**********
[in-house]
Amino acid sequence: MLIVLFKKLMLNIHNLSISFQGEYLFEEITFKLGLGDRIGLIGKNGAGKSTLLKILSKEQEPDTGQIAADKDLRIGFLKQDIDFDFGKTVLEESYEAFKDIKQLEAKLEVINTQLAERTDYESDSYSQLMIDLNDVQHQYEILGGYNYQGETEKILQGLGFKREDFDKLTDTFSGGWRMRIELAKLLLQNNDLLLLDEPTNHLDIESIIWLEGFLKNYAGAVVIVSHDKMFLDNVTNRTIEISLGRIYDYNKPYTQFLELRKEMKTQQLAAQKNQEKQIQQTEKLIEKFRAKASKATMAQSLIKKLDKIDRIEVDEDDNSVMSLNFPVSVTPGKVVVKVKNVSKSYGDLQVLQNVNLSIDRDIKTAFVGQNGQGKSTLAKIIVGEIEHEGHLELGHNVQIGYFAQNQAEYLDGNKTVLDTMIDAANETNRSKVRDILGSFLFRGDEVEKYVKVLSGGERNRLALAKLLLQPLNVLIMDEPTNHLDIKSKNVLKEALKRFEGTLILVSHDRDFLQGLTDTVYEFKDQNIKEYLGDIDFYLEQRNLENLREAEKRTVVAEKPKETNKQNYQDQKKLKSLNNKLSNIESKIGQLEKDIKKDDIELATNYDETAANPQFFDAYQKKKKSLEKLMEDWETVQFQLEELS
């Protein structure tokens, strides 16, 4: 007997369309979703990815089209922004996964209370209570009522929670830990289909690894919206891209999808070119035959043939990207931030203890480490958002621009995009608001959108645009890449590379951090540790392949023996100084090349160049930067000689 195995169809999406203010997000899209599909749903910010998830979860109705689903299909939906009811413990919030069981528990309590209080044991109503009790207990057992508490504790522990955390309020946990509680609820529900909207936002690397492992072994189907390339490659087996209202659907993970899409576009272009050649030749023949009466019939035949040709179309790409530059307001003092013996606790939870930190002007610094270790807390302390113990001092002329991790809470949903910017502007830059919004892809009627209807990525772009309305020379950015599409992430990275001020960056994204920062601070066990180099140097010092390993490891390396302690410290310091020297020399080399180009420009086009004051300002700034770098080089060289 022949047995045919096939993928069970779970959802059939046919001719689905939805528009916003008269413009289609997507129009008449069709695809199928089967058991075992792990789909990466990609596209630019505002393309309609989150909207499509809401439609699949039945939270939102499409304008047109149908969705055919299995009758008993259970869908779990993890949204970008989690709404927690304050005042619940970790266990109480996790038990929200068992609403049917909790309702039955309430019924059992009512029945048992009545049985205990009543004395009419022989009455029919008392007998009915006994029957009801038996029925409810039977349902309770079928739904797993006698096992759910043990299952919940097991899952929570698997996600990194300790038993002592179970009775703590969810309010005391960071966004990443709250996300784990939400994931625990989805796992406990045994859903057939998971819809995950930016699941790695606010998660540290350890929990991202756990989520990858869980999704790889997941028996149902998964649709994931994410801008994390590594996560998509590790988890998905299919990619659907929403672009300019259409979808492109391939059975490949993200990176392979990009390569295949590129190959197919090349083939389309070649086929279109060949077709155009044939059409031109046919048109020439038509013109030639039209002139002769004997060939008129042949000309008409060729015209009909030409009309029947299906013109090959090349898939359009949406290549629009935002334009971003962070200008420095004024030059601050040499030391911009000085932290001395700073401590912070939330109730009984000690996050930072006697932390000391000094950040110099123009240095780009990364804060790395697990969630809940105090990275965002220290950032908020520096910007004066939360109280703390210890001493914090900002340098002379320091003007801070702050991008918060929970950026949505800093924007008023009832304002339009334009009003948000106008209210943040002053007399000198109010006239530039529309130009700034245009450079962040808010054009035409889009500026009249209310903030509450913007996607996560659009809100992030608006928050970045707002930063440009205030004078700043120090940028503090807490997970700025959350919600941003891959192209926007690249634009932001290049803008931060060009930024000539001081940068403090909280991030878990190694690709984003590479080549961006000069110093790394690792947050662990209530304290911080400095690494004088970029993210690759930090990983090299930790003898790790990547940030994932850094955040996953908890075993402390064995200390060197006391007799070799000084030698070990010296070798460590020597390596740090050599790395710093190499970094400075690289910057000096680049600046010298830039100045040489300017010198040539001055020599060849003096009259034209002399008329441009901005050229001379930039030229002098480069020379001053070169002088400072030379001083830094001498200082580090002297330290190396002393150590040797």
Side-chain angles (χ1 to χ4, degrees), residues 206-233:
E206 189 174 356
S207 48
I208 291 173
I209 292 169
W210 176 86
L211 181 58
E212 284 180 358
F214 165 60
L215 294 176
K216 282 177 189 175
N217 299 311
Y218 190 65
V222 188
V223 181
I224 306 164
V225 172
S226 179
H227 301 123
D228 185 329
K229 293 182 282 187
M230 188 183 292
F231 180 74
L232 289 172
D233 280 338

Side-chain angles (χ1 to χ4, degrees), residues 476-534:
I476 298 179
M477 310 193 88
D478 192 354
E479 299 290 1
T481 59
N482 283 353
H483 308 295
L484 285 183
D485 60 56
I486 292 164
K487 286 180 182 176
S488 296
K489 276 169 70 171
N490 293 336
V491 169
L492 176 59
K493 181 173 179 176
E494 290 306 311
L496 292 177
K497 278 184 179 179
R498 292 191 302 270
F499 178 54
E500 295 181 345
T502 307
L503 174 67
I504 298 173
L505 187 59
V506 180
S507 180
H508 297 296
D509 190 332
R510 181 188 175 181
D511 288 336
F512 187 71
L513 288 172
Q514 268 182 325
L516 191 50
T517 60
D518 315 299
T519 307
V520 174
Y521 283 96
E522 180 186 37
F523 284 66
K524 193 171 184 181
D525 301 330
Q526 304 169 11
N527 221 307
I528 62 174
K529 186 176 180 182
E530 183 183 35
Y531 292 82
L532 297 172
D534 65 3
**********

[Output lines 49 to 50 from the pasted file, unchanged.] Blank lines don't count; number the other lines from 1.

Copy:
K497 278 184 179 179
R498 292 191 302 270